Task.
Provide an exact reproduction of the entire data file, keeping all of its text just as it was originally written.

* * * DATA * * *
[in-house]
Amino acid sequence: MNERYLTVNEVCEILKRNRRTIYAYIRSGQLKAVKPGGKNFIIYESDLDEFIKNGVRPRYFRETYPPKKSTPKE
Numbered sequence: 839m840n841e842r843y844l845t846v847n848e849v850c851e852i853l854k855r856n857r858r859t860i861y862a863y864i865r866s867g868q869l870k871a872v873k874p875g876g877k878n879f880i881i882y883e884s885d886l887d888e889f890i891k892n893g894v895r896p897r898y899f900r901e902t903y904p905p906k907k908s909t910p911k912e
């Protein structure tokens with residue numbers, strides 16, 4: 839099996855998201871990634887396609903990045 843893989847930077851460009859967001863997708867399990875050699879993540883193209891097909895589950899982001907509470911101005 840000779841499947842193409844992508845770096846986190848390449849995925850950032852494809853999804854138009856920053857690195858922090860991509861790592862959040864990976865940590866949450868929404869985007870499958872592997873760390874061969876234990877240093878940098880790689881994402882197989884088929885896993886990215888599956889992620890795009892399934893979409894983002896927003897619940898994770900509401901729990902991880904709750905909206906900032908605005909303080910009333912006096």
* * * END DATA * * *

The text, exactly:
[in-house]
Amino acid sequence: MNERYLTVNEVCEILKRNRRTIYAYIRSGQLKAVKPGGKNFIIYESDLDEFIKNGVRPRYFRETYPPKKSTPKE
Numbered sequence: 839m840n841e842r843y844l845t846v847n848e849v850c851e852i853l854k855r856n857r858r859t860i861y862a863y864i865r866s867g868q869l870k871a872v873k874p875g876g877k878n879f880i881i882y883e884s885d886l887d888e889f890i891k892n893g894v895r896p897r898y899f900r901e902t903y904p905p906k907k908s909t910p911k912e
């Protein structure tokens with residue numbers, strides 16, 4: 839099996855998201871990634887396609903990045 843893989847930077851460009859967001863997708867399990875050699879993540883193209891097909895589950899982001907509470911101005 840000779841499947842193409844992508845770096846986190848390449849995925850950032852494809853999804854138009856920053857690195858922090860991509861790592862959040864990976865940590866949450868929404869985007870499958872592997873760390874061969876234990877240093878940098880790689881994402882197989884088929885896993886990215888599956889992620890795009892399934893979409894983002896927003897619940898994770900509401901729990902991880904709750905909206906900032908605005909303080910009333912006096």